Parking in a regular space
Having handicap plates doesn’t preclude us from parking in any old spot.
Many people with ties to the disability community have written about
the stigma of parking in a handicap spot. If you browse The Mighty,
you’ll find them in themighty.com. We’ve eichefam.net/2017/12/21/on-parking-and-accessibility
too! Even though the most common situation is when it involves an
invisible disability, we’ve still encountered loud and vocal people who
don’t care, don’t notice our plates — rather than having a placard
hanging from our rear view mirror — or simply don’t see the large
wheelchair right away.
But I digress. That’s really not the purpose of this post. Rather,
it’s the opposite: the times when we (or people we know who also have
handicap plates or a placard) have parked in a regular, non-handicap
You wouldn’t think that anyone would have a problem with this. It
should be a non-issue, but it’s happened a surprising number of times.
Someone — a stranger, who doesn’t know us from Adam — sees us park in a
(I hesitate to say “normal”) spot, and they get upset.
“You can’t park there!”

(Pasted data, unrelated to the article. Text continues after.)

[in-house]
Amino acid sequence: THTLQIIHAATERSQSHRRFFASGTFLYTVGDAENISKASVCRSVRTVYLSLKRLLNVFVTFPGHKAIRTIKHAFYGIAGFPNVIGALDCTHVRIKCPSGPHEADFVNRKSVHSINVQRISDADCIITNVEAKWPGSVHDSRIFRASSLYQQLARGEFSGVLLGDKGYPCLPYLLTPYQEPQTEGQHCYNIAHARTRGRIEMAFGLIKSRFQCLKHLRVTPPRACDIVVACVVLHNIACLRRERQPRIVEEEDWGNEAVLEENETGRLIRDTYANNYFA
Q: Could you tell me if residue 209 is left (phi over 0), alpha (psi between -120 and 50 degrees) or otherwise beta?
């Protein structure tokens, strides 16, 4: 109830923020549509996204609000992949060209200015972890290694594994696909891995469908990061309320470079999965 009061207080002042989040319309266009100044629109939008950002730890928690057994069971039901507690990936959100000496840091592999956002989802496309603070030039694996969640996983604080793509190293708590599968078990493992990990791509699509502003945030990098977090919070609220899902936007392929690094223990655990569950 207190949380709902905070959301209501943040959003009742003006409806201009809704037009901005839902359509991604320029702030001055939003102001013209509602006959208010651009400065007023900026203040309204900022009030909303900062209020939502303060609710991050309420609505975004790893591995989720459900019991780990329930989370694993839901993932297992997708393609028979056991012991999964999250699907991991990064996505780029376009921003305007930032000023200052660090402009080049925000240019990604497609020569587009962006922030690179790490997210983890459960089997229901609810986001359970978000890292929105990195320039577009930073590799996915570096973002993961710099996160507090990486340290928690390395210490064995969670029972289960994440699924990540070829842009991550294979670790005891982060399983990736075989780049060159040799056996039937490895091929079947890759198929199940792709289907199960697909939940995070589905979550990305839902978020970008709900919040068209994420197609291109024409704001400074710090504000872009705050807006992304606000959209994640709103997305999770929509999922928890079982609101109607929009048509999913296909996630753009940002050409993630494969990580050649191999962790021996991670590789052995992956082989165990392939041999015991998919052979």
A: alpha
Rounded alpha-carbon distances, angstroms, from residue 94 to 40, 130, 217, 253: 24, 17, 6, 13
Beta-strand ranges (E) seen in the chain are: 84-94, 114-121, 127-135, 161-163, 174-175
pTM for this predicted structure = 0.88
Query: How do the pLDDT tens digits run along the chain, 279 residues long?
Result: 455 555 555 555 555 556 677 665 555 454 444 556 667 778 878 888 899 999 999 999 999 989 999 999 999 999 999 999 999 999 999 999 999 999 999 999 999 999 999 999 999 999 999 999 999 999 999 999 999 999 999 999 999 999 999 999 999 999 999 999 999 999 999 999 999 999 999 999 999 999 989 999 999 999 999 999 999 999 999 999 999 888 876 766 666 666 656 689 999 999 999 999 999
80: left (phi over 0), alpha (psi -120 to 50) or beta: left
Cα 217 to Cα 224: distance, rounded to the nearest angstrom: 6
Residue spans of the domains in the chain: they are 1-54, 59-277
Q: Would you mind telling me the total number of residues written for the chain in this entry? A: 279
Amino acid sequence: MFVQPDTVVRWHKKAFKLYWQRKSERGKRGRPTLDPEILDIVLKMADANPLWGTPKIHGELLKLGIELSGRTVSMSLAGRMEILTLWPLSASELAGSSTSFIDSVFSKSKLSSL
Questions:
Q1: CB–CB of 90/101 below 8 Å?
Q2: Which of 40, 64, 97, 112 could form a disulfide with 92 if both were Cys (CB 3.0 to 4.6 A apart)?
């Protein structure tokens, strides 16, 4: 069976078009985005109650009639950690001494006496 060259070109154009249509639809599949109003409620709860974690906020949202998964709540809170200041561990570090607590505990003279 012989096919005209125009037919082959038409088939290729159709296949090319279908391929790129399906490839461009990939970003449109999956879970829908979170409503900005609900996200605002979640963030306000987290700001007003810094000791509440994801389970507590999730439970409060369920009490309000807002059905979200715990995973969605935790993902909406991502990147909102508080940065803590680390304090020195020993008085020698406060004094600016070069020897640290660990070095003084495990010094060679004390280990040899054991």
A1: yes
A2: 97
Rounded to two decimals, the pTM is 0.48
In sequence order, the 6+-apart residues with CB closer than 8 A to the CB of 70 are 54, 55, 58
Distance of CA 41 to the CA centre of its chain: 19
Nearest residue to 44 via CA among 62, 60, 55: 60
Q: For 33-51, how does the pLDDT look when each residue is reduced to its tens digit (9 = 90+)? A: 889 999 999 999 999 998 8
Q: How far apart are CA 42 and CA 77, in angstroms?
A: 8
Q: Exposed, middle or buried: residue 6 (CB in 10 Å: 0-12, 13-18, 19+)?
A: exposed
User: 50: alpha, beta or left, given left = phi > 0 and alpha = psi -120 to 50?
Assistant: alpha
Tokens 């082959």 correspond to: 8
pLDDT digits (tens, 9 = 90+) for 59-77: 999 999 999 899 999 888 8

Imagine our confusion, especially the first time it happened. I mean really, we were just dumbfounded. Speechless.
“You have a disabled plate. You have to park in a disabled spot.”
No, that’s not how this works. I should not — we should not —
have to convince anyone that the handicap plate doesn’t constrain where
we can park, that it simply gives us permission to park where most
We have spent more hours than we can recount defending our daughter Namine. Most
of the time, it’s been to doctors, nurses, or other medical staff.
Occasionally, it’s been to coaches or other parents, even eichefam.net/2019/03/28/yelling-at-police.
There was also that one time at a park when someone tried to steal
Namine’s wheelchair. We are, of course, willing to fight for her. We
have proven it time and again. But we do not cherish drama, nor do we go
looking for a fight, verbal or otherwise.
So please. Please, please, please do not accost anyone parking. If
someone with a handicap plate or placard is parking in a non-handicap
spot, leave them alone. They are allowed to park there.
If someone without a handicap plate or placard is parking in a handicap spot, also
leave them alone. Maybe they do have a placard but forgot it. (Or, as
has happened to us: a family member had taken Namine but we neglected to
give them our placard.) Their disability may not be visible. You don’t
know them; give them the benefit of the doubt. Give it to them, as you
would appreciate it given to you.
This story was originally published on eichefam.net/2022/04/07/parking-in-a-regular-space.